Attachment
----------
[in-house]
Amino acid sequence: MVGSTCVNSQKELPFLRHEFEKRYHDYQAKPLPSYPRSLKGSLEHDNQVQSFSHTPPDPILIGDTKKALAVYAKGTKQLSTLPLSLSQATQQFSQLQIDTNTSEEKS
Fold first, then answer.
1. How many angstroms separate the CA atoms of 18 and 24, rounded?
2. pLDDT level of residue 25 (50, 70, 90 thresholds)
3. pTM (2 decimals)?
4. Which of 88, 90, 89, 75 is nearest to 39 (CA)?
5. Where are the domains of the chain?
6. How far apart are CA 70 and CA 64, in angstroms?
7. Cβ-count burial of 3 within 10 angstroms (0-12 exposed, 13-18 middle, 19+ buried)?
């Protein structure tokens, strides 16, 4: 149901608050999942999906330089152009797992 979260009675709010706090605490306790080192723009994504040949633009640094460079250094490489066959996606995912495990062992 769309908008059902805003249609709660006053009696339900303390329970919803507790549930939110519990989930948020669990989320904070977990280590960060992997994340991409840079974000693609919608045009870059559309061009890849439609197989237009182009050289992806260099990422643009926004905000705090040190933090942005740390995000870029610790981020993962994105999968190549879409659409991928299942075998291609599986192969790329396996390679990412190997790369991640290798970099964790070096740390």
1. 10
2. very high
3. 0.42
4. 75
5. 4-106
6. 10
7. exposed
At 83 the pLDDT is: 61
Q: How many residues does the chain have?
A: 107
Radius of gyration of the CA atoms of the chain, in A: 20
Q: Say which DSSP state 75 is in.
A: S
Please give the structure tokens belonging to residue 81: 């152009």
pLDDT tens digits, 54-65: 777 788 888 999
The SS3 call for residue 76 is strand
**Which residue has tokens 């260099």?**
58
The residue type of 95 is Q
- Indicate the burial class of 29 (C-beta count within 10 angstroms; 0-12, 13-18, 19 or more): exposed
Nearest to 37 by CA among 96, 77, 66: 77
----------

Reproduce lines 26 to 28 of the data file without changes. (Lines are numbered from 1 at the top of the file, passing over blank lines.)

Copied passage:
pLDDT tens digits, 54-65: 777 788 888 999
The SS3 call for residue 76 is strand
**Which residue has tokens 């260099």?**